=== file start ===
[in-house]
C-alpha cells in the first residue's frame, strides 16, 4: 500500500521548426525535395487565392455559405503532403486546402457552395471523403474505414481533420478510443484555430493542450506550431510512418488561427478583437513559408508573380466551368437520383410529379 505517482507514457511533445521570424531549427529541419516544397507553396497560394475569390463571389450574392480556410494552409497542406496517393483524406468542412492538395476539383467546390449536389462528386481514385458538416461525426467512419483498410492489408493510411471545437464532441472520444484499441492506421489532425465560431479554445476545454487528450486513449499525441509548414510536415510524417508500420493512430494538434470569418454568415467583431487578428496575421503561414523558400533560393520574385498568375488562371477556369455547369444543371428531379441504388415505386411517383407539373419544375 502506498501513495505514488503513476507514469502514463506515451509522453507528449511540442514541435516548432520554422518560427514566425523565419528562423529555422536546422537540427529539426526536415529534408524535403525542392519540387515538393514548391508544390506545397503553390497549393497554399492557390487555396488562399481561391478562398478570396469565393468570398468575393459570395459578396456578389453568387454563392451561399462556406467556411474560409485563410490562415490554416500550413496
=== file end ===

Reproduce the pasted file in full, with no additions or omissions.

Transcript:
[in-house]
C-alpha cells in the first residue's frame, strides 16, 4: 500500500521548426525535395487565392455559405503532403486546402457552395471523403474505414481533420478510443484555430493542450506550431510512418488561427478583437513559408508573380466551368437520383410529379 505517482507514457511533445521570424531549427529541419516544397507553396497560394475569390463571389450574392480556410494552409497542406496517393483524406468542412492538395476539383467546390449536389462528386481514385458538416461525426467512419483498410492489408493510411471545437464532441472520444484499441492506421489532425465560431479554445476545454487528450486513449499525441509548414510536415510524417508500420493512430494538434470569418454568415467583431487578428496575421503561414523558400533560393520574385498568375488562371477556369455547369444543371428531379441504388415505386411517383407539373419544375 502506498501513495505514488503513476507514469502514463506515451509522453507528449511540442514541435516548432520554422518560427514566425523565419528562423529555422536546422537540427529539426526536415529534408524535403525542392519540387515538393514548391508544390506545397503553390497549393497554399492557390487555396488562399481561391478562398478570396469565393468570398468575393459570395459578396456578389453568387454563392451561399462556406467556411474560409485563410490562415490554416500550413496